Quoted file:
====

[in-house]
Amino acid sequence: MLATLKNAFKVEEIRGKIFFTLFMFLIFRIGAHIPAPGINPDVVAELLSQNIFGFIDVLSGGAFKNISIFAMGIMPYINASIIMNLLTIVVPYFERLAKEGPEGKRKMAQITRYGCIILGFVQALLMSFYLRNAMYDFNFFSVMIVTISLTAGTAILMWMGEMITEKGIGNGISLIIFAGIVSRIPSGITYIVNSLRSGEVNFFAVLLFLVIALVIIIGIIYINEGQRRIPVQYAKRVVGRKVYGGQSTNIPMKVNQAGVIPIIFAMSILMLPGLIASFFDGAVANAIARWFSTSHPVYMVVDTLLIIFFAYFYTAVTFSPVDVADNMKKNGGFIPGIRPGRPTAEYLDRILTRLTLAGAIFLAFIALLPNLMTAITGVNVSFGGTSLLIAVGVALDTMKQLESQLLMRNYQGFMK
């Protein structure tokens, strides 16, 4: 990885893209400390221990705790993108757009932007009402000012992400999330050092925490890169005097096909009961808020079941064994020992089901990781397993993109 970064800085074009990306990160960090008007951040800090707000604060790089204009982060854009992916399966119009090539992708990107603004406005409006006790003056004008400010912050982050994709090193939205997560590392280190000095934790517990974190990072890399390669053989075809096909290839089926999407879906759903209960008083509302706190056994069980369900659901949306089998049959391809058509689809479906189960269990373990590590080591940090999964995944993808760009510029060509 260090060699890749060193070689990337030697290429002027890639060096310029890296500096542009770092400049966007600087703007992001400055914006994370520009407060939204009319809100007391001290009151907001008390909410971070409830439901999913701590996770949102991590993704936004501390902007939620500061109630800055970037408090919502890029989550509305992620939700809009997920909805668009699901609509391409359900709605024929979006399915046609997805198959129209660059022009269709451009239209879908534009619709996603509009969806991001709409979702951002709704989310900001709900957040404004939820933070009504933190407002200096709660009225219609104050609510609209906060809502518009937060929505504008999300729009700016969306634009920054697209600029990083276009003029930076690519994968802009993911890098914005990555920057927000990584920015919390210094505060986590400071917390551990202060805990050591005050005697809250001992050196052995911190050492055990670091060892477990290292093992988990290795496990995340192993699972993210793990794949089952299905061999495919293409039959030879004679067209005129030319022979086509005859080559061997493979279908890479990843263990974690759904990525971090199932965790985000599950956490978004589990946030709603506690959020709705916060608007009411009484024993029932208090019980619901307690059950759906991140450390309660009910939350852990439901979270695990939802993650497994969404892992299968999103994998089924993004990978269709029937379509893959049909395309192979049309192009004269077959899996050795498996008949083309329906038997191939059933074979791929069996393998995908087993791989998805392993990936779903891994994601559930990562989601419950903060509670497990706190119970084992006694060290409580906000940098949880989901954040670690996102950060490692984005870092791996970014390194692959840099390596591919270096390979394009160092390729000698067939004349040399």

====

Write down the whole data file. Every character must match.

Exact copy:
[in-house]
Amino acid sequence: MLATLKNAFKVEEIRGKIFFTLFMFLIFRIGAHIPAPGINPDVVAELLSQNIFGFIDVLSGGAFKNISIFAMGIMPYINASIIMNLLTIVVPYFERLAKEGPEGKRKMAQITRYGCIILGFVQALLMSFYLRNAMYDFNFFSVMIVTISLTAGTAILMWMGEMITEKGIGNGISLIIFAGIVSRIPSGITYIVNSLRSGEVNFFAVLLFLVIALVIIIGIIYINEGQRRIPVQYAKRVVGRKVYGGQSTNIPMKVNQAGVIPIIFAMSILMLPGLIASFFDGAVANAIARWFSTSHPVYMVVDTLLIIFFAYFYTAVTFSPVDVADNMKKNGGFIPGIRPGRPTAEYLDRILTRLTLAGAIFLAFIALLPNLMTAITGVNVSFGGTSLLIAVGVALDTMKQLESQLLMRNYQGFMK
């Protein structure tokens, strides 16, 4: 990885893209400390221990705790993108757009932007009402000012992400999330050092925490890169005097096909009961808020079941064994020992089901990781397993993109 970064800085074009990306990160960090008007951040800090707000604060790089204009982060854009992916399966119009090539992708990107603004406005409006006790003056004008400010912050982050994709090193939205997560590392280190000095934790517990974190990072890399390669053989075809096909290839089926999407879906759903209960008083509302706190056994069980369900659901949306089998049959391809058509689809479906189960269990373990590590080591940090999964995944993808760009510029060509 260090060699890749060193070689990337030697290429002027890639060096310029890296500096542009770092400049966007600087703007992001400055914006994370520009407060939204009319809100007391001290009151907001008390909410971070409830439901999913701590996770949102991590993704936004501390902007939620500061109630800055970037408090919502890029989550509305992620939700809009997920909805668009699901609509391409359900709605024929979006399915046609997805198959129209660059022009269709451009239209879908534009619709996603509009969806991001709409979702951002709704989310900001709900957040404004939820933070009504933190407002200096709660009225219609104050609510609209906060809502518009937060929505504008999300729009700016969306634009920054697209600029990083276009003029930076690519994968802009993911890098914005990555920057927000990584920015919390210094505060986590400071917390551990202060805990050591005050005697809250001992050196052995911190050492055990670091060892477990290292093992988990290795496990995340192993699972993210793990794949089952299905061999495919293409039959030879004679067209005129030319022979086509005859080559061997493979279908890479990843263990974690759904990525971090199932965790985000599950956490978004589990946030709603506690959020709705916060608007009411009484024993029932208090019980619901307690059950759906991140450390309660009910939350852990439901979270695990939802993650497994969404892992299968999103994998089924993004990978269709029937379509893959049909395309192979049309192009004269077959899996050795498996008949083309329906038997191939059933074979791929069996393998995908087993791989998805392993990936779903891994994601559930990562989601419950903060509670497990706190119970084992006694060290409580906000940098949880989901954040670690996102950060490692984005870092791996970014390194692959840099390596591919270096390979394009160092390729000698067939004349040399």